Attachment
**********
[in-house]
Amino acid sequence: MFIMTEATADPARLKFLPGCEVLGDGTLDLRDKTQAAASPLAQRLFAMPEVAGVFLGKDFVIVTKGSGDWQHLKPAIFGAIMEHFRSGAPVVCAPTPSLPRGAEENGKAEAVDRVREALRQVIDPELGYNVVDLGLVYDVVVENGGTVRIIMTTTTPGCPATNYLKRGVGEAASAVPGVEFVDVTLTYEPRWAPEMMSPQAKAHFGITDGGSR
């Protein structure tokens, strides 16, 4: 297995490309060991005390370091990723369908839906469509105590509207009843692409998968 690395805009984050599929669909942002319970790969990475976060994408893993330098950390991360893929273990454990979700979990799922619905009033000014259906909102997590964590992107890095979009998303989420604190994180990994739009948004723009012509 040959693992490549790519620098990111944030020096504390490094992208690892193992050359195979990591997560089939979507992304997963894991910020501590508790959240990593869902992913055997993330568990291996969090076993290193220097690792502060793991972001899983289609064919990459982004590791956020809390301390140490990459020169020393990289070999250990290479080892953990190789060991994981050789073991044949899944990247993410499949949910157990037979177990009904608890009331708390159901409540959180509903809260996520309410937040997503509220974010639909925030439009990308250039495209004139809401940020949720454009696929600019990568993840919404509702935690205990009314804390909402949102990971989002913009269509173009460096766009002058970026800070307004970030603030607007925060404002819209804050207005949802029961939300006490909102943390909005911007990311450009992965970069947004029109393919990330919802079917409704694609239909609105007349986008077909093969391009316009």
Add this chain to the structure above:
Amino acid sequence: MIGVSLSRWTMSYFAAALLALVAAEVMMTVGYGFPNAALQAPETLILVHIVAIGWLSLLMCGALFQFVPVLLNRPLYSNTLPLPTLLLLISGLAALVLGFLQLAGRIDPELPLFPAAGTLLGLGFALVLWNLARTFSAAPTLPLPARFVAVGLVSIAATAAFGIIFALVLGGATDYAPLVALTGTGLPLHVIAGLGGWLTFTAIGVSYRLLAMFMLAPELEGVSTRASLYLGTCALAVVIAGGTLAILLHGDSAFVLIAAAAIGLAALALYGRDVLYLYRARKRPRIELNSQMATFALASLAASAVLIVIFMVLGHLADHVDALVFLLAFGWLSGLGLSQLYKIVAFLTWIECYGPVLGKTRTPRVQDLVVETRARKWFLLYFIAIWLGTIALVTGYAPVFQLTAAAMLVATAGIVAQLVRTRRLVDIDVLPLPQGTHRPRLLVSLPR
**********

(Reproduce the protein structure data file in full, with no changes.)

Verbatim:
[in-house]
Amino acid sequence: MFIMTEATADPARLKFLPGCEVLGDGTLDLRDKTQAAASPLAQRLFAMPEVAGVFLGKDFVIVTKGSGDWQHLKPAIFGAIMEHFRSGAPVVCAPTPSLPRGAEENGKAEAVDRVREALRQVIDPELGYNVVDLGLVYDVVVENGGTVRIIMTTTTPGCPATNYLKRGVGEAASAVPGVEFVDVTLTYEPRWAPEMMSPQAKAHFGITDGGSR
């Protein structure tokens, strides 16, 4: 297995490309060991005390370091990723369908839906469509105590509207009843692409998968 690395805009984050599929669909942002319970790969990475976060994408893993330098950390991360893929273990454990979700979990799922619905009033000014259906909102997590964590992107890095979009998303989420604190994180990994739009948004723009012509 040959693992490549790519620098990111944030020096504390490094992208690892193992050359195979990591997560089939979507992304997963894991910020501590508790959240990593869902992913055997993330568990291996969090076993290193220097690792502060793991972001899983289609064919990459982004590791956020809390301390140490990459020169020393990289070999250990290479080892953990190789060991994981050789073991044949899944990247993410499949949910157990037979177990009904608890009331708390159901409540959180509903809260996520309410937040997503509220974010639909925030439009990308250039495209004139809401940020949720454009696929600019990568993840919404509702935690205990009314804390909402949102990971989002913009269509173009460096766009002058970026800070307004970030603030607007925060404002819209804050207005949802029961939300006490909102943390909005911007990311450009992965970069947004029109393919990330919802079917409704694609239909609105007349986008077909093969391009316009």
Add this chain to the structure above:
Amino acid sequence: MIGVSLSRWTMSYFAAALLALVAAEVMMTVGYGFPNAALQAPETLILVHIVAIGWLSLLMCGALFQFVPVLLNRPLYSNTLPLPTLLLLISGLAALVLGFLQLAGRIDPELPLFPAAGTLLGLGFALVLWNLARTFSAAPTLPLPARFVAVGLVSIAATAAFGIIFALVLGGATDYAPLVALTGTGLPLHVIAGLGGWLTFTAIGVSYRLLAMFMLAPELEGVSTRASLYLGTCALAVVIAGGTLAILLHGDSAFVLIAAAAIGLAALALYGRDVLYLYRARKRPRIELNSQMATFALASLAASAVLIVIFMVLGHLADHVDALVFLLAFGWLSGLGLSQLYKIVAFLTWIECYGPVLGKTRTPRVQDLVVETRARKWFLLYFIAIWLGTIALVTGYAPVFQLTAAAMLVATAGIVAQLVRTRRLVDIDVLPLPQGTHRPRLLVSLPR